the people with money.'
The Navy will donate the ship when its ready
(while retaining ownership and the right to reclaim its asset).
The recipients are on their own from there. Just towing the New
Jersey from its current home, Bremerton, Washington, could cost
$5 million or more, Azzolina and others figure. Then there is
the cost of preparing a slip (another $3 million or so if a slip
were dredged next to the Ben Franklin Bridge in Camden) and making
the ship ready for tourists (replacing ladders with stairs and
otherwise making a warship both safe and accessible for visitors.).
We're looking at a cost of at least $20 million,' Azzolina says.
So far the non-profit group, the Battleship
New Jersey Historical Museum Society, has raised about $170,000.
'The economic climate is hardly favorable
to fundraising,' Leon Morrison, executive vice president of the
society explained. 'Even charitable groups are having a difficult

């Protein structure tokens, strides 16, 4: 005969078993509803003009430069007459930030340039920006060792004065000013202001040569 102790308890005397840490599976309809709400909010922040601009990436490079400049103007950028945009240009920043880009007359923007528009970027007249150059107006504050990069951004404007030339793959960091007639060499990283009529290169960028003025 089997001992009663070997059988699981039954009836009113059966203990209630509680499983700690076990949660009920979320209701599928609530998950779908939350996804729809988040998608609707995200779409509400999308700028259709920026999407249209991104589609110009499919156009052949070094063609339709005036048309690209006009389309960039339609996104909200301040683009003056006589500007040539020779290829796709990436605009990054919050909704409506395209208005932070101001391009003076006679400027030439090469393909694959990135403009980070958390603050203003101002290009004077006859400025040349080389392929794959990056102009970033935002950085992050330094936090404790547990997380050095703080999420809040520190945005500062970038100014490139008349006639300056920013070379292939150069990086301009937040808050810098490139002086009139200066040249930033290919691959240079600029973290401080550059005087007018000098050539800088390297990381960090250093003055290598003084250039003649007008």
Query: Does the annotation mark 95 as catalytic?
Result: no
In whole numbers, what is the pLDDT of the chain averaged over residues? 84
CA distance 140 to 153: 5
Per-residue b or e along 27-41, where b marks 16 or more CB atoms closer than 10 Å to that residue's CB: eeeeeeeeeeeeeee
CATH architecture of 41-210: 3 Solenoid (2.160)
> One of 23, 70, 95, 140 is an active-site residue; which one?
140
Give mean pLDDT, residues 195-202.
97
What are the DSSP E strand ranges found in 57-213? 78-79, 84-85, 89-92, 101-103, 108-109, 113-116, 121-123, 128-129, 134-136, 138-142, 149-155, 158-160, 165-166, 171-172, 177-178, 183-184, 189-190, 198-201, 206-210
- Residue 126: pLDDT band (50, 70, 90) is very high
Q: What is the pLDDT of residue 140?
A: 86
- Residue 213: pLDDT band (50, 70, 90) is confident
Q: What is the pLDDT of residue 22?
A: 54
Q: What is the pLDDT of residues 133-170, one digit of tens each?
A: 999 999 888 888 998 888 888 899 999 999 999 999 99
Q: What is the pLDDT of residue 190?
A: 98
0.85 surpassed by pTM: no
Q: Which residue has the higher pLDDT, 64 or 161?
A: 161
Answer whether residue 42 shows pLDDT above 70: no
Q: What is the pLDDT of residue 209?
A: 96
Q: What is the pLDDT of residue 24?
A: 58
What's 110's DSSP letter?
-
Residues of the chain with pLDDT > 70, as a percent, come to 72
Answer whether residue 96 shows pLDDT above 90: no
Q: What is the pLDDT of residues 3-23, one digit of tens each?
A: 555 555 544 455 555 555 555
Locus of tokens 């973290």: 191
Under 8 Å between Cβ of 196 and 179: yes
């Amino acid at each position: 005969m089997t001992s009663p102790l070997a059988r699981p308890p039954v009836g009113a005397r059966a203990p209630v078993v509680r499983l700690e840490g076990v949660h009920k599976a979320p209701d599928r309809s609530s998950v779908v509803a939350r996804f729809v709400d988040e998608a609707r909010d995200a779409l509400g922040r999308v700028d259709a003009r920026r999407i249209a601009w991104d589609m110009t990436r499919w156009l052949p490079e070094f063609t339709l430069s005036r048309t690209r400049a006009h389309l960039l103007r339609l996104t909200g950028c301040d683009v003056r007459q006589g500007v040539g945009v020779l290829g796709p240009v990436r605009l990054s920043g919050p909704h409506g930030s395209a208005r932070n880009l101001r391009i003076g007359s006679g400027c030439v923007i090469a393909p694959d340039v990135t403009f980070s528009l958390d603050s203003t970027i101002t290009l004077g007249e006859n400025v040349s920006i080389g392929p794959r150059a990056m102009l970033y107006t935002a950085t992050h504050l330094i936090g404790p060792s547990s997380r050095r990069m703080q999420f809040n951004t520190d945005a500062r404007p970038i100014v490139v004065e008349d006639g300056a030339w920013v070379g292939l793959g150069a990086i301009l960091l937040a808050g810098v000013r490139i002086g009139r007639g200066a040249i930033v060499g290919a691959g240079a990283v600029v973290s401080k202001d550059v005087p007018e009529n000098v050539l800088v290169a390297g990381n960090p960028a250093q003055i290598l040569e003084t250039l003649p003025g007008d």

time. And with acquisition of the ship still so uncertain, we've
been advised to hold off with any fundraising drive.'
Morrison is not optimisitic about state help
either, given the current emphasis in Trenton on cutting rather
Rita Manno, a spokeswoman for Christie Whitman,
lends support to Morrison's view.
'Of course the governor would like to see
the New Jersey brought home, Manno says, 'and she will be willing
to consider all the sites that are proposed, including Camden.
It's a little premature, however, with no definite proposal on
the table, to talk about state funding. She would be hoping for
some creative financing for a project, financing that could include
state support but would most likely also rely on private fund
Still, there are reasons for Camden to keep
its hopes of getting the New Jersey alive. The Navy is constantly
evaluating and re-evaluating its needs and could decide, if not
that it no longer needs any battleships in ready reserve, that
it does not need four of them.